CSE591 Data Mining

  • 340 views
Uploaded on

 

  • Full Name Full Name Comment goes here.
    Are you sure you want to
    Your message goes here
    Be the first to comment
    Be the first to like this
No Downloads

Views

Total Views
340
On Slideshare
0
From Embeds
0
Number of Embeds
0

Actions

Shares
Downloads
10
Comments
0
Likes
0

Embeds 0

No embeds

Report content

Flagged as inappropriate Flag as inappropriate
Flag as inappropriate

Select your reason for flagging this presentation as inappropriate.

Cancel
    No notes for slide
  • Dunham Pp224-226
  • Pp 234-235

Transcript

  • 1. 6. Spatial Mining Spatial Data and Structures Images Spatial Mining Algorithms
  • 2. Definitions
    • Spatial data is about instances located in a physical space
    • Spatial data has location or geo-referenced features
    • Some of these features are:
      • Address, latitude/longitude (explicit)
      • Location-based partitions in databases (implicit)
  • 3. Applications and Problems
    • Geographic information systems (GIS) store information related to geographic locations on Earth
      • Weather, community infrastructure needs, disaster management, and hazardous waste
    • Homeland security issues such as prediction of unexpected events and planning of evacuation
    • Remote sensing and image classification
    • Biomedical applications include medical imaging and illness diagnosis
  • 4. Use of Spatial Data
    • Map overlay – merging disparate data
      • Different views of the same area: (Level 1) streets, power lines, phone lines, sewer lines, (Level 2) actual elevations, building locations, and rivers
    • Spatial selection – find all houses near WSU
    • Spatial join – nearest for points, intersection for areas
    • Other basic spatial operations
      • Region/range query for objects intersecting a region
      • Nearest neighbor query for objects closest to a given place
      • Distance scan asking for objects within a certain radius
  • 5. Spatial Data Structures
    • Minimum bounding rectangles (MBR)
    • Different tree structures
      • Quad tree
      • R-Tree
      • kd-Tree
    • Image databases
  • 6. MBR
    • Representing a spatial object by the smallest rectangle [(x1,y1), (x2,y2)] or rectangles
    (x1,y1) (x2,y2)
  • 7. Tree Structures
    • Quad Tree: every four quadrants in one layer forms a parent quadrant in an upper layer
      • An example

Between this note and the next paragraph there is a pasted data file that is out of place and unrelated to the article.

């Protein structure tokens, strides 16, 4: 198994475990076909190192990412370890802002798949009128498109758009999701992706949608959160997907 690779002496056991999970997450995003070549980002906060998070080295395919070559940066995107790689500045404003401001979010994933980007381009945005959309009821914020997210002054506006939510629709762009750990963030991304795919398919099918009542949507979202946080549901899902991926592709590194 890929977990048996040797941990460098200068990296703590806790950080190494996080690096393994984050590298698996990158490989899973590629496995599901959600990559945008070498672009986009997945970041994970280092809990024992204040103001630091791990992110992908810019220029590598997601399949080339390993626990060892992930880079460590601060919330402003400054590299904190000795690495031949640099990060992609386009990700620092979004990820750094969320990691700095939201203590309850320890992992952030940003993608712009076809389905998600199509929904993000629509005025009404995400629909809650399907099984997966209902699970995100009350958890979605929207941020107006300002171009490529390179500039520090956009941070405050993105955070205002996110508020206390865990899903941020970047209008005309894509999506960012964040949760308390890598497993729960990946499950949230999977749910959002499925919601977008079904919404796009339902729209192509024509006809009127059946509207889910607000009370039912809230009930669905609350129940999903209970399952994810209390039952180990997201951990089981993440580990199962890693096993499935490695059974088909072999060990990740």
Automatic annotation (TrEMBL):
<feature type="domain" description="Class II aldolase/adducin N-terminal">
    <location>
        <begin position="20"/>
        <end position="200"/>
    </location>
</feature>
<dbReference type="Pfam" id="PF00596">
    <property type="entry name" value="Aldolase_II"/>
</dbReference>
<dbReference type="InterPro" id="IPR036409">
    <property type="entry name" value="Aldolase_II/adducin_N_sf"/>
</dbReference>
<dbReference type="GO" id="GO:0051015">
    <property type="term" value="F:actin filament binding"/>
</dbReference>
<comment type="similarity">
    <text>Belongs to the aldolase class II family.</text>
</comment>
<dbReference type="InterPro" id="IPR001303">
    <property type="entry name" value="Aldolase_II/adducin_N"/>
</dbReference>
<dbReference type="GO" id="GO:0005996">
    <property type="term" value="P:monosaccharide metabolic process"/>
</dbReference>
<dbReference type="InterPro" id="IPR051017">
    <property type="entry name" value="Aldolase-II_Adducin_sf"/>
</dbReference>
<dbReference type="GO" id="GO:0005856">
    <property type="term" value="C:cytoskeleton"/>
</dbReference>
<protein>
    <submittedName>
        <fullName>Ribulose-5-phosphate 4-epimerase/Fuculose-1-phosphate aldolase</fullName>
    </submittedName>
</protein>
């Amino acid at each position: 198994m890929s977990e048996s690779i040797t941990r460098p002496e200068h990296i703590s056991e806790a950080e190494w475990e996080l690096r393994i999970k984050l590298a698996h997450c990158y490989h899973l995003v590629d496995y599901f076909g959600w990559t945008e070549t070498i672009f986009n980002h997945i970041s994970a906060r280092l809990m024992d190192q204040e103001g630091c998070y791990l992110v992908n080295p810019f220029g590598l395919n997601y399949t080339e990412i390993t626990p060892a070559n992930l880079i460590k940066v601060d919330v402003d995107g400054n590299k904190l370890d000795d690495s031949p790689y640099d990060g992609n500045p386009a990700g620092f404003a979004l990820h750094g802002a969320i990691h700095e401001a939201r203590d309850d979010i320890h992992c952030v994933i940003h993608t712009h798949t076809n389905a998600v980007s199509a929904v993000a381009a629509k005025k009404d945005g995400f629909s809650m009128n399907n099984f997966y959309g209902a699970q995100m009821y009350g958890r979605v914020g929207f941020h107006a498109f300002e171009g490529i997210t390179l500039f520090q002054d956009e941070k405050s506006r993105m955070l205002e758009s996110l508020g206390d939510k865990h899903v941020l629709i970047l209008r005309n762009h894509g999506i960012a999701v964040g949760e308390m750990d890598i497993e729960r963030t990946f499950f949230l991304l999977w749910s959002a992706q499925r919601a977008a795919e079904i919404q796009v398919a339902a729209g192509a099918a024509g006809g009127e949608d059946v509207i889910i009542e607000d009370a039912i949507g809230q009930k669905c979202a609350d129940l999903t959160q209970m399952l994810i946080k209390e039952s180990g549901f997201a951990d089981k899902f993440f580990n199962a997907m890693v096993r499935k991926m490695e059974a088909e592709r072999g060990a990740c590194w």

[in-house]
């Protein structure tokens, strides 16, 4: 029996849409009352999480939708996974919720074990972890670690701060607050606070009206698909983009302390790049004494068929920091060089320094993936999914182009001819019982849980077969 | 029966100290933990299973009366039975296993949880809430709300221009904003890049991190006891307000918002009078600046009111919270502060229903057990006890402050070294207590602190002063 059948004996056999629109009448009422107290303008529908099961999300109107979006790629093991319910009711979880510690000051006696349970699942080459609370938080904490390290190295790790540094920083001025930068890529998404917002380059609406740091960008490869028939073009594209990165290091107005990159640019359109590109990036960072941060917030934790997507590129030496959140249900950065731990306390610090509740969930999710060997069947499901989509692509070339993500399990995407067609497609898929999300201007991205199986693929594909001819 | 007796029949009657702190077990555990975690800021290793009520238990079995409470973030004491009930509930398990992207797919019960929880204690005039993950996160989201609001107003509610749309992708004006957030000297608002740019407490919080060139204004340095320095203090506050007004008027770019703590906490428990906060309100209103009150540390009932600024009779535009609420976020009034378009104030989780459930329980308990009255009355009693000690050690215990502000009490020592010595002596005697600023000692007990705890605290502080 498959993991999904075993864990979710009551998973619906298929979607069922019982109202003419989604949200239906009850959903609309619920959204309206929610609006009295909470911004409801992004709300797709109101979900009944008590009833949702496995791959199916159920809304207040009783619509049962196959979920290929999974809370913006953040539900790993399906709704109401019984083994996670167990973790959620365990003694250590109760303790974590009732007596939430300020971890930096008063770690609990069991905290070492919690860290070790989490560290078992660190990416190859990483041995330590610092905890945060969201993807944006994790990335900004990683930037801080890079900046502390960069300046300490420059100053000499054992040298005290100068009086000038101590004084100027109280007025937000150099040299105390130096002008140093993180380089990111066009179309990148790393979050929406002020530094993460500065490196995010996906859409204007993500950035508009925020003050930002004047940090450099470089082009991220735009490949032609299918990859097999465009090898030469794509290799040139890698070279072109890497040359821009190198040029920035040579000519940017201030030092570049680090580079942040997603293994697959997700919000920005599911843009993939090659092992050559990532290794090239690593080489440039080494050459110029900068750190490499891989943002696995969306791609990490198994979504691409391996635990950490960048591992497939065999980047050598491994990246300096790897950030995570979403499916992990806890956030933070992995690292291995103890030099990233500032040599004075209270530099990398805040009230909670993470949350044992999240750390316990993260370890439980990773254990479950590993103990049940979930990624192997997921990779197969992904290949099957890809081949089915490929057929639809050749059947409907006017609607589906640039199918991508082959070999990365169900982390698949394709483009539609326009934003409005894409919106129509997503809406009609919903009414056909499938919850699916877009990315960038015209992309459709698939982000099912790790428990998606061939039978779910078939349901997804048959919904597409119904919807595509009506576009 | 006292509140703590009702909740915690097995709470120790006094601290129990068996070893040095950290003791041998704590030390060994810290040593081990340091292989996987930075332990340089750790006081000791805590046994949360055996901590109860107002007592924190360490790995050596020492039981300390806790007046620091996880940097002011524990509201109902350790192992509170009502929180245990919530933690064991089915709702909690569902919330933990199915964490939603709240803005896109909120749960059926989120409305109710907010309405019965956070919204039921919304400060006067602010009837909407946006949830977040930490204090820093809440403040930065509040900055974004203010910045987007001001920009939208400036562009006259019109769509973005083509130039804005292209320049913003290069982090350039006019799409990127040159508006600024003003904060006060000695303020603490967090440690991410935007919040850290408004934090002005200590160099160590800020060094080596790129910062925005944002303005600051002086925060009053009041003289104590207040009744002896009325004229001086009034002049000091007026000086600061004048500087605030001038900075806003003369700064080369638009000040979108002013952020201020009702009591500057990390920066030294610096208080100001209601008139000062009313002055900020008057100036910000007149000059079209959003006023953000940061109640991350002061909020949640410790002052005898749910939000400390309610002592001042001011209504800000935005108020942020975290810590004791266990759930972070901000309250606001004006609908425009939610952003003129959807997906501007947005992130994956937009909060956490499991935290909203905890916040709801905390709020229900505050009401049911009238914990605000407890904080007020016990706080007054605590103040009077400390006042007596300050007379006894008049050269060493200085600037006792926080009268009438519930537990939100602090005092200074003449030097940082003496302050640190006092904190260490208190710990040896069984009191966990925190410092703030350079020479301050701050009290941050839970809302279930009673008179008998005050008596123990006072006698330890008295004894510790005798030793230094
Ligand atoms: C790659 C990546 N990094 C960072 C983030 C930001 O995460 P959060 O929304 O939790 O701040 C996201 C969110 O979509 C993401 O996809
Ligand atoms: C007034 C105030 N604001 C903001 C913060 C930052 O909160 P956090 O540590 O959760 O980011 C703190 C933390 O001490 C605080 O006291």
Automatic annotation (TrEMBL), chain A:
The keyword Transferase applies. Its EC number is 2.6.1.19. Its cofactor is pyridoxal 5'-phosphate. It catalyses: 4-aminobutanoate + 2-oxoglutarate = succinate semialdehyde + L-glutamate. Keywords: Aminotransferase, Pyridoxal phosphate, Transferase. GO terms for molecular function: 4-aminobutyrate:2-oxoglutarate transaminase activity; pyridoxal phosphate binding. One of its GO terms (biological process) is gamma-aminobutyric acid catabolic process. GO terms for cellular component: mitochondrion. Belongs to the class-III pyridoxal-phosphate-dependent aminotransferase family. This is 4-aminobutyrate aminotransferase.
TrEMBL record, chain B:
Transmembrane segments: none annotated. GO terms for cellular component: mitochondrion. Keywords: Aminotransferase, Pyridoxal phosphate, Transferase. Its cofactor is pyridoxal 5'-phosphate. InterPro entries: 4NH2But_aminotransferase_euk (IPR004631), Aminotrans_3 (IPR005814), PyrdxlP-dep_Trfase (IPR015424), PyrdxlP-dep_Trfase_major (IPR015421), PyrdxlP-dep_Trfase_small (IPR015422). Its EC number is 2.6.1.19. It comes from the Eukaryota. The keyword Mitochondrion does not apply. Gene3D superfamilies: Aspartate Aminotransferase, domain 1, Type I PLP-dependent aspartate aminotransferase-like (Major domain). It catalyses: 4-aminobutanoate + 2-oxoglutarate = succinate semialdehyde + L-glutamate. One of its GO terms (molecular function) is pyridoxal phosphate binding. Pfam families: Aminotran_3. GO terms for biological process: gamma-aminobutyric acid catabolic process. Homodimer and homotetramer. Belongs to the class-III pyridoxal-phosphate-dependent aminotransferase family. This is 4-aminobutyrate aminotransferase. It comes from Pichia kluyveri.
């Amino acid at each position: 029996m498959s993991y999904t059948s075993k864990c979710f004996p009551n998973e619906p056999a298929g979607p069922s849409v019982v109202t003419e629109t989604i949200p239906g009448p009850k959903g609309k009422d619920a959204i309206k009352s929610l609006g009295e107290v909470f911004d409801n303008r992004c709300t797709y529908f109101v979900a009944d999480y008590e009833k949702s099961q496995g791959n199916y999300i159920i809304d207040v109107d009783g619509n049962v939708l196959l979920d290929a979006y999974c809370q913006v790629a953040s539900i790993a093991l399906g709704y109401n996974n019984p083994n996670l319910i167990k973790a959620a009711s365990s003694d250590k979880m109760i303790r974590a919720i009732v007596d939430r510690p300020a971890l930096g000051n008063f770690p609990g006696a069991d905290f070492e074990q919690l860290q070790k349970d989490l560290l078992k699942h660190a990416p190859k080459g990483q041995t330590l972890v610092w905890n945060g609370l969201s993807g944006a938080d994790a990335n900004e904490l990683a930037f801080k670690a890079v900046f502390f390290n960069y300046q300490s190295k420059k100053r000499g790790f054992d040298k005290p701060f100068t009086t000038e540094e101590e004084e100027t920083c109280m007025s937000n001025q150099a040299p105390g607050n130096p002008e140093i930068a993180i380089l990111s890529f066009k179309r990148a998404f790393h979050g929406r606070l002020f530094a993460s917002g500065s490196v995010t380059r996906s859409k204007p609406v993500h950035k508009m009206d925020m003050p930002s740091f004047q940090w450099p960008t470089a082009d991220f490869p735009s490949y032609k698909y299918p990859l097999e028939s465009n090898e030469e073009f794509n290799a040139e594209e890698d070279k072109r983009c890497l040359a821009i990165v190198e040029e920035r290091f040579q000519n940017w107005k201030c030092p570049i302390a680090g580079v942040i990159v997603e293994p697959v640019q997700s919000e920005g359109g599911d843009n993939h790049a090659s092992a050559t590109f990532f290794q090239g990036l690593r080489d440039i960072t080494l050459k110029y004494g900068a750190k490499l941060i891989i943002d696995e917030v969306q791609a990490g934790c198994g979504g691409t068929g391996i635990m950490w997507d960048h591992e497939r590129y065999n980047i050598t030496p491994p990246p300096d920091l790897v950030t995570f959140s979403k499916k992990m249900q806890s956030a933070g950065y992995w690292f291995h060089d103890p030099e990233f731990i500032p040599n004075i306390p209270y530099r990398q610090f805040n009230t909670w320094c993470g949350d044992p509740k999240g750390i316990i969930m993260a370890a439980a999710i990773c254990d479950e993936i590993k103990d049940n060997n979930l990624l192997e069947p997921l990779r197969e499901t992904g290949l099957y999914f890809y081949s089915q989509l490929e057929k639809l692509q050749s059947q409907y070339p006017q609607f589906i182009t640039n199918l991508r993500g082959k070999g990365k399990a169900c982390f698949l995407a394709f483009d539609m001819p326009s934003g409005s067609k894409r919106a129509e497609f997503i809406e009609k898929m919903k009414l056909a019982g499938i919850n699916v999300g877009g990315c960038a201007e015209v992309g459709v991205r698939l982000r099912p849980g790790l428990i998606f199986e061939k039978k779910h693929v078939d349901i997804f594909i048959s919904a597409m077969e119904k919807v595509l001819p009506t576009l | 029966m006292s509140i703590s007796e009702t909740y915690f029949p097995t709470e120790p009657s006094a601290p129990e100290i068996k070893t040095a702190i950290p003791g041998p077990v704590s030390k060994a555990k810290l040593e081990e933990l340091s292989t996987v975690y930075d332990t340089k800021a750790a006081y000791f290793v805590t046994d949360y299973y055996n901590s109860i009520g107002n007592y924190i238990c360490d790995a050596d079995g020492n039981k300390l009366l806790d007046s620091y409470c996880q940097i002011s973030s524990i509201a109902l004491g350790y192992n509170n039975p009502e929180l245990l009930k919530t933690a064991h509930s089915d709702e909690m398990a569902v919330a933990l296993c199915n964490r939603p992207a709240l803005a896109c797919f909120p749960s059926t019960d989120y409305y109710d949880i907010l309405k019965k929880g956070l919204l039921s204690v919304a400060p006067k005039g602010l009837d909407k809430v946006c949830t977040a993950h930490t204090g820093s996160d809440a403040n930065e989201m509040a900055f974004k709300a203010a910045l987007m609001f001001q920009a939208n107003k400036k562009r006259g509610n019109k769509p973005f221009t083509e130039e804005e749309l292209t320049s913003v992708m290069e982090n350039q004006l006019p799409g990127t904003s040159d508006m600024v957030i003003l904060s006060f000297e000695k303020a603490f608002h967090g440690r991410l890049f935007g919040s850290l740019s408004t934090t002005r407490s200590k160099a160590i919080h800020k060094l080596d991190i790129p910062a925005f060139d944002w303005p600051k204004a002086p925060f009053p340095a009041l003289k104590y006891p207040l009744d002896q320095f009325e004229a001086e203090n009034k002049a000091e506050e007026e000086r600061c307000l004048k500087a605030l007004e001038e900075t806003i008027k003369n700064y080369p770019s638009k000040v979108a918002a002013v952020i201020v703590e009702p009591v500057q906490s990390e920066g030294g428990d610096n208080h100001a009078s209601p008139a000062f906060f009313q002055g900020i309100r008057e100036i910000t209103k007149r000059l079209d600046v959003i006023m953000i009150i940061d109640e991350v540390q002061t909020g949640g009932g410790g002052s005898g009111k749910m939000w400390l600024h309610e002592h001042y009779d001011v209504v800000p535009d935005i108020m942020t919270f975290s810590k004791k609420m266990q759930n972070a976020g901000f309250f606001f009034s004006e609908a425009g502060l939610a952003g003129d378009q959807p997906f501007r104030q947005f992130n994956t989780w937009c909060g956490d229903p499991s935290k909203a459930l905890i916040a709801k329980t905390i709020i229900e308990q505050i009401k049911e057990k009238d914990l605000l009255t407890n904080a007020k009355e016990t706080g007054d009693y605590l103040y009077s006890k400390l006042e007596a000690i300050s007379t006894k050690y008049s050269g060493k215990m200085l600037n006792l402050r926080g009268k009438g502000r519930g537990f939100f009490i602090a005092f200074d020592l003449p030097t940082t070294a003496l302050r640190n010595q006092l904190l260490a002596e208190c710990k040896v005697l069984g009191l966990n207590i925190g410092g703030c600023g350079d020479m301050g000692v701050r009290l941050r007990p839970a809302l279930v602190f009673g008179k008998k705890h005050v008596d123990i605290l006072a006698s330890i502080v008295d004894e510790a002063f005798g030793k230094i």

• 8. R-Tree
    • Indexing MBRs in a tree
      • An R-tree of order m has at most m entries in one node
      • An example (order of 3)
    R8 R7 R6 R3 R2 R1 R5 R4 R8 R1 R2 R3 R6 R5 R4 R7
  • 9. kd-Tree
    • Indexing multi-dimensional data, one dimension for a level in a tree
      • An example
  • 10. Common Tasks dealing with Spatial Data
    • Data focusing
      • Spatial queries
      • Identifying interesting parts in spatial data
      • Progress refinement can be applied in a tree structure
    • Feature extraction
      • Extracting important/relevant features for an application
    • Classification or others
      • Using training data to create classifiers
      • Many mining algorithms can be used
        • Classification, clustering, associations
  • 11. Spatial Mining Tasks
    • Spatial classification
    • Spatial clustering
    • Spatial association rules
  • 12. Spatial Classification
    • Use spatial information at different (coarse/fine) levels (different indexing trees) for data focusing
    • Determine relevant spatial or non-spatial features
    • Perform normal supervised learning algorithms
      • e.g., Decision trees,
  • 13. Spatial Clustering
    • Use tree structures to index spatial data
    • DBSCAN: R-tree
    • CLIQUE: Grid or Quad tree
    • Clustering with spatial constraints (obstacles  need to adjust notion of distance)
  • 14. Spatial Association Rules
    • Spatial objects are of major interest, not transactions
    • A  B
      • A, B can be either spatial or non-spatial (3 combinations)
      • What is the fourth combination?
    • Association rules can be found w.r.t. the 3 types
  • 15. Summary
    • Spatial data can contain both spatial and non-spatial features.
    • When spatial information becomes dominant interest, spatial data mining should be applied.
    • Spatial data structures can facilitate spatial mining.
    • Standard data mining algorithms can be modified for spatial data mining, with a substantial part of preprocessing to take into account of spatial information.
  • 16. Bibliography
    • M. H. Dunham. Data Mining – Introductory and Advanced Topics. Prentice Hall. 2003.
    • R.O. Duda, P.E. Hart, D.G. Stork. Pattern Classification, 2 nd edition. Wiley-Interscience.
    • J. Han and M. Kamber. Data Mining – Concepts and Techniques. 2001. Morgan Kaufmann.